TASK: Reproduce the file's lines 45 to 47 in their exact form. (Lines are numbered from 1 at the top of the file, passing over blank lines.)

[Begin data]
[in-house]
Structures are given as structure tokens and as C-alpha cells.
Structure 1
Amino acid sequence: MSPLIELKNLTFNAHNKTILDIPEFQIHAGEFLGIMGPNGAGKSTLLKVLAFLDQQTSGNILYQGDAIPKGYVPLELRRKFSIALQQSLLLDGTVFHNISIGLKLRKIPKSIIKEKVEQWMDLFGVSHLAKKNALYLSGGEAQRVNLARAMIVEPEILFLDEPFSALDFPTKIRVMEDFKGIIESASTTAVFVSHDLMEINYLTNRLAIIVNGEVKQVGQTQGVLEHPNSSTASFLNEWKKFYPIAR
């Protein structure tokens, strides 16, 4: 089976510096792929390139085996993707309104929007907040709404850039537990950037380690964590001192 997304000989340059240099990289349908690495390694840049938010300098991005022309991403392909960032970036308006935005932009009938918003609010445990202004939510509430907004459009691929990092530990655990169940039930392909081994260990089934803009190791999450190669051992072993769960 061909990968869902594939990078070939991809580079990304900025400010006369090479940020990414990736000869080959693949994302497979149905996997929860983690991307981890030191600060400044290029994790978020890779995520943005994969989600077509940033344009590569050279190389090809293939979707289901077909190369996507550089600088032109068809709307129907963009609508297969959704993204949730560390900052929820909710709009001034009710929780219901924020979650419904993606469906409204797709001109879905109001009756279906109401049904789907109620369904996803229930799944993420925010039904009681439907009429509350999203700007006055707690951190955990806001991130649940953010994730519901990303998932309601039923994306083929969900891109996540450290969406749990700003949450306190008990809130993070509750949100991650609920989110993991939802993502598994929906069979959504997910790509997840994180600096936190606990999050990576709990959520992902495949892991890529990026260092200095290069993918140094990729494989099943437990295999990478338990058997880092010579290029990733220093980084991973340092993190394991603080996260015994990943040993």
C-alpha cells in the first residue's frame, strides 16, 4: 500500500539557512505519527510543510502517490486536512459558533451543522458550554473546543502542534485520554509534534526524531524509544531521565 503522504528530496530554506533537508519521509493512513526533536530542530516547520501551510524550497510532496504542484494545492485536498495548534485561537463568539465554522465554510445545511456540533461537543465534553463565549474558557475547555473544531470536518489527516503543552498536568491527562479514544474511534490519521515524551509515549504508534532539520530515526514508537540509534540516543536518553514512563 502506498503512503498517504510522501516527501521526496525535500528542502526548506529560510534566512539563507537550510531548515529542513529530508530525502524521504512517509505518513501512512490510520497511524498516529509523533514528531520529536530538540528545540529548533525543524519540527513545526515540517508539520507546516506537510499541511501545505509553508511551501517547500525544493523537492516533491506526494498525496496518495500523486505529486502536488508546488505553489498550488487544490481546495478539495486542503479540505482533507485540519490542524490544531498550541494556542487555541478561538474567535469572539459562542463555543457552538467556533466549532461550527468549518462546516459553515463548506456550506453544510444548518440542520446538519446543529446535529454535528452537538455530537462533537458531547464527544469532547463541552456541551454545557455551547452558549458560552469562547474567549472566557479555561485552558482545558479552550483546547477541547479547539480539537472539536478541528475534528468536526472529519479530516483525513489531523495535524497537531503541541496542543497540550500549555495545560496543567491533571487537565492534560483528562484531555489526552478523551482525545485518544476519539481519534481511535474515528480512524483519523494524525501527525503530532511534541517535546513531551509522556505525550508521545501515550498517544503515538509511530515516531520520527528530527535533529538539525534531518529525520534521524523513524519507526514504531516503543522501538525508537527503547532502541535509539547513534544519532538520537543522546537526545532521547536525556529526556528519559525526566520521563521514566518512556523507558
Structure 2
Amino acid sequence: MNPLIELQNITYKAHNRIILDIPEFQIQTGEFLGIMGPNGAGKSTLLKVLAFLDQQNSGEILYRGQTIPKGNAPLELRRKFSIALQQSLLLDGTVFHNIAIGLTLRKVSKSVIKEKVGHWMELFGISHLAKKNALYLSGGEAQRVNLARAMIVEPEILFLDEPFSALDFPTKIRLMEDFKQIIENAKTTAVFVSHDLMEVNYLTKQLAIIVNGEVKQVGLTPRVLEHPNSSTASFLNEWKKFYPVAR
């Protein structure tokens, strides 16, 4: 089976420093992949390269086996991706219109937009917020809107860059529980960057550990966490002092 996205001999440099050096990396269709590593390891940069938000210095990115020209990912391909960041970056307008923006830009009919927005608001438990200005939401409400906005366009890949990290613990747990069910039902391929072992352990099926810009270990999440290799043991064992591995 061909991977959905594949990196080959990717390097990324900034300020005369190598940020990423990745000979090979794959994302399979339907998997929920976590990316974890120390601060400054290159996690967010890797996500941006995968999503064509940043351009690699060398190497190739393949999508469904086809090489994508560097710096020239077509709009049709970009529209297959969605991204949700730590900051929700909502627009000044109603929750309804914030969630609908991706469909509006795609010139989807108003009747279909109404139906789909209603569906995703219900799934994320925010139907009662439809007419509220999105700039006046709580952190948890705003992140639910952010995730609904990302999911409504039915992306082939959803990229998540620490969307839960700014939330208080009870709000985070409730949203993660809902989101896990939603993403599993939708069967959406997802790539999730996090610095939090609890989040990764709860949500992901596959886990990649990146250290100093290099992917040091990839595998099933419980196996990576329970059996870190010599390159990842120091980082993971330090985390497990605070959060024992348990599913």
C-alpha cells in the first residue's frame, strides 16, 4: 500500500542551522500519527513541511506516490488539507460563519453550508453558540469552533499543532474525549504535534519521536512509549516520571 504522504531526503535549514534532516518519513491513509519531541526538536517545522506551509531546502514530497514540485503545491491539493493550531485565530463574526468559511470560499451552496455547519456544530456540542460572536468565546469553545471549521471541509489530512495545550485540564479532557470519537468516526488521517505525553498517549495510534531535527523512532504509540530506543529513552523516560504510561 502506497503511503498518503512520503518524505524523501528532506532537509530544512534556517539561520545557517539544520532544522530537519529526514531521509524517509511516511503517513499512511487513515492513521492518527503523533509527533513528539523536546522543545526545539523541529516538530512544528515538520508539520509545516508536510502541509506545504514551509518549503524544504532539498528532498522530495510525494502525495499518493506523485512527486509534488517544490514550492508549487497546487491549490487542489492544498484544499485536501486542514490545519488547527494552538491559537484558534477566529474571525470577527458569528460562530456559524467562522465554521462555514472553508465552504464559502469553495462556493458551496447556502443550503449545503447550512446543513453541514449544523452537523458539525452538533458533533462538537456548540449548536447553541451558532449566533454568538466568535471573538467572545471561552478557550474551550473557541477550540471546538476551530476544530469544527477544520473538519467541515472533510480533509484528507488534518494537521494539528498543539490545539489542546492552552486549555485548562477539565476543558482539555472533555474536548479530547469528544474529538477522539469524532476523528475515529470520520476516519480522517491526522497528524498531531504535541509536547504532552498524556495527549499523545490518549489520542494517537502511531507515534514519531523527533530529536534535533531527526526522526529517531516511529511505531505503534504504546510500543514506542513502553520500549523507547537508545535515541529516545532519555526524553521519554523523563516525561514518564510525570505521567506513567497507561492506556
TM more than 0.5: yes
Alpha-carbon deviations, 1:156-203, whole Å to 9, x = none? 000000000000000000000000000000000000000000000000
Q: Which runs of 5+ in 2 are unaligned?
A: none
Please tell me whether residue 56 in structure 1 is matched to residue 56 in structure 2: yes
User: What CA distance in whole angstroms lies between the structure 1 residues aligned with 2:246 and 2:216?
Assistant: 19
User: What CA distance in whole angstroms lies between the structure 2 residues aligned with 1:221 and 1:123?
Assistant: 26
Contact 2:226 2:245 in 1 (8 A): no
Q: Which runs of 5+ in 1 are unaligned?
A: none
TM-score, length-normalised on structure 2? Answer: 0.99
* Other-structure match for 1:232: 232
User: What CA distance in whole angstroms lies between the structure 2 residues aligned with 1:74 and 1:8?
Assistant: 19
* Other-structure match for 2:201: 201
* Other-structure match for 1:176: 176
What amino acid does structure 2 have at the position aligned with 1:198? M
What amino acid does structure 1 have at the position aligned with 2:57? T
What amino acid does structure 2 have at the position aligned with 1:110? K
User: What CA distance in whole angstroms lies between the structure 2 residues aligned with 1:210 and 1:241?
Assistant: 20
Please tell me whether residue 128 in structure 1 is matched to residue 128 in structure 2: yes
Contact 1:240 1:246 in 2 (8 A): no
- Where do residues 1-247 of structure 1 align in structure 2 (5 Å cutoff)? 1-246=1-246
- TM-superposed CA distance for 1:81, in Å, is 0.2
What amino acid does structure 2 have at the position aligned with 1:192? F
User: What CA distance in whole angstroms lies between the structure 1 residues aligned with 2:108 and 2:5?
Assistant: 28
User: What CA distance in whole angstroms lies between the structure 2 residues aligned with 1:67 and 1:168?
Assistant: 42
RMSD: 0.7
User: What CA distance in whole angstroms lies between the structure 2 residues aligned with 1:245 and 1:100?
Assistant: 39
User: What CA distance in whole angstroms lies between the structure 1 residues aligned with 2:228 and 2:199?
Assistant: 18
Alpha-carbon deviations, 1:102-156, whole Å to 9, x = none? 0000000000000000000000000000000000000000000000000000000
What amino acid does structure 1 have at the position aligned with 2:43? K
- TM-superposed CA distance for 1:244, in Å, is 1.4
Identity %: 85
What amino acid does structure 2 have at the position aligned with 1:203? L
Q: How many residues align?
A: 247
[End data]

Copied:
Assistant: 39
User: What CA distance in whole angstroms lies between the structure 1 residues aligned with 2:228 and 2:199?
Assistant: 18